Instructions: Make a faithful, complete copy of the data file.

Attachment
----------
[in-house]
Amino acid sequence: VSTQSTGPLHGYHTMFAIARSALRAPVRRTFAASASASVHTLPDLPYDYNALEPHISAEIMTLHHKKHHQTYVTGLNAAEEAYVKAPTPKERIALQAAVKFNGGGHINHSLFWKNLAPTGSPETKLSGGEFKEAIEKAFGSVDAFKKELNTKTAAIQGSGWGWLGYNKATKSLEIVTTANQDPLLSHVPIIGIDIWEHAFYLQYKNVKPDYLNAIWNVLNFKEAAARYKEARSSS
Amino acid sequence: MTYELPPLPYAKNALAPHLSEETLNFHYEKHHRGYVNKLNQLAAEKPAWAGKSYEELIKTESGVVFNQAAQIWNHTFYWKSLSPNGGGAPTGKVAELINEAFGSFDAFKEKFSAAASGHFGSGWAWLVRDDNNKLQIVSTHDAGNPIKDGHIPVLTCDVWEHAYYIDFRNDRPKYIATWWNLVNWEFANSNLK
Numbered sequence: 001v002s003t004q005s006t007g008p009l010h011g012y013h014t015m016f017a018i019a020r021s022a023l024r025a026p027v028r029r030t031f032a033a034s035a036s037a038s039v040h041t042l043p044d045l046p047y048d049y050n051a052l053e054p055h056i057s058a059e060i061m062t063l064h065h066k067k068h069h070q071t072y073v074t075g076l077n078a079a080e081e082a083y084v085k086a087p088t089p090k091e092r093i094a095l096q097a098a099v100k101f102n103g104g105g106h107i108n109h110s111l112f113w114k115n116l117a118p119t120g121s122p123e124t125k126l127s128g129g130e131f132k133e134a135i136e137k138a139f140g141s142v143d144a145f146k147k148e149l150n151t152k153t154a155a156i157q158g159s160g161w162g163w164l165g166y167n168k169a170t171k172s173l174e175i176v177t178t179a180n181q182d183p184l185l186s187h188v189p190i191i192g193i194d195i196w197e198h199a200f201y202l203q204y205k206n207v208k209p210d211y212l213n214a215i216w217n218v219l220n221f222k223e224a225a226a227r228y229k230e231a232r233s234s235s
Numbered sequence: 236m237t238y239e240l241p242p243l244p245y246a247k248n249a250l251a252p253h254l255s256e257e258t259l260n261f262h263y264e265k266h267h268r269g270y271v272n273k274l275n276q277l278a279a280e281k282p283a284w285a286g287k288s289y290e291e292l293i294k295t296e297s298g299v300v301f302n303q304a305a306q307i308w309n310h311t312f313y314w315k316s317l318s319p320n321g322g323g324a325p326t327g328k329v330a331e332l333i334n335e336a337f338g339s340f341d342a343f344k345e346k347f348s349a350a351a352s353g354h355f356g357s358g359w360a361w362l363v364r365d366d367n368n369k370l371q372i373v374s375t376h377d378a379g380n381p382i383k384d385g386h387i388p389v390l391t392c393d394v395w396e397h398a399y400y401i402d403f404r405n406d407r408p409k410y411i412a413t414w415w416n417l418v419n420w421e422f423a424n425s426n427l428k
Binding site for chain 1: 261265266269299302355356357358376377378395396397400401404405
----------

[in-house]
Amino acid sequence: VSTQSTGPLHGYHTMFAIARSALRAPVRRTFAASASASVHTLPDLPYDYNALEPHISAEIMTLHHKKHHQTYVTGLNAAEEAYVKAPTPKERIALQAAVKFNGGGHINHSLFWKNLAPTGSPETKLSGGEFKEAIEKAFGSVDAFKKELNTKTAAIQGSGWGWLGYNKATKSLEIVTTANQDPLLSHVPIIGIDIWEHAFYLQYKNVKPDYLNAIWNVLNFKEAAARYKEARSSS
Amino acid sequence: MTYELPPLPYAKNALAPHLSEETLNFHYEKHHRGYVNKLNQLAAEKPAWAGKSYEELIKTESGVVFNQAAQIWNHTFYWKSLSPNGGGAPTGKVAELINEAFGSFDAFKEKFSAAASGHFGSGWAWLVRDDNNKLQIVSTHDAGNPIKDGHIPVLTCDVWEHAYYIDFRNDRPKYIATWWNLVNWEFANSNLK
Numbered sequence: 001v002s003t004q005s006t007g008p009l010h011g012y013h014t015m016f017a018i019a020r021s022a023l024r025a026p027v028r029r030t031f032a033a034s035a036s037a038s039v040h041t042l043p044d045l046p047y048d049y050n051a052l053e054p055h056i057s058a059e060i061m062t063l064h065h066k067k068h069h070q071t072y073v074t075g076l077n078a079a080e081e082a083y084v085k086a087p088t089p090k091e092r093i094a095l096q097a098a099v100k101f102n103g104g105g106h107i108n109h110s111l112f113w114k115n116l117a118p119t120g121s122p123e124t125k126l127s128g129g130e131f132k133e134a135i136e137k138a139f140g141s142v143d144a145f146k147k148e149l150n151t152k153t154a155a156i157q158g159s160g161w162g163w164l165g166y167n168k169a170t171k172s173l174e175i176v177t178t179a180n181q182d183p184l185l186s187h188v189p190i191i192g193i194d195i196w197e198h199a200f201y202l203q204y205k206n207v208k209p210d211y212l213n214a215i216w217n218v219l220n221f222k223e224a225a226a227r228y229k230e231a232r233s234s235s
Numbered sequence: 236m237t238y239e240l241p242p243l244p245y246a247k248n249a250l251a252p253h254l255s256e257e258t259l260n261f262h263y264e265k266h267h268r269g270y271v272n273k274l275n276q277l278a279a280e281k282p283a284w285a286g287k288s289y290e291e292l293i294k295t296e297s298g299v300v301f302n303q304a305a306q307i308w309n310h311t312f313y314w315k316s317l318s319p320n321g322g323g324a325p326t327g328k329v330a331e332l333i334n335e336a337f338g339s340f341d342a343f344k345e346k347f348s349a350a351a352s353g354h355f356g357s358g359w360a361w362l363v364r365d366d367n368n369k370l371q372i373v374s375t376h377d378a379g380n381p382i383k384d385g386h387i388p389v390l391t392c393d394v395w396e397h398a399y400y401i402d403f404r405n406d407r408p409k410y411i412a413t414w415w416n417l418v419n420w421e422f423a424n425s426n427l428k
Binding site for chain 1: 261265266269299302355356357358376377378395396397400401404405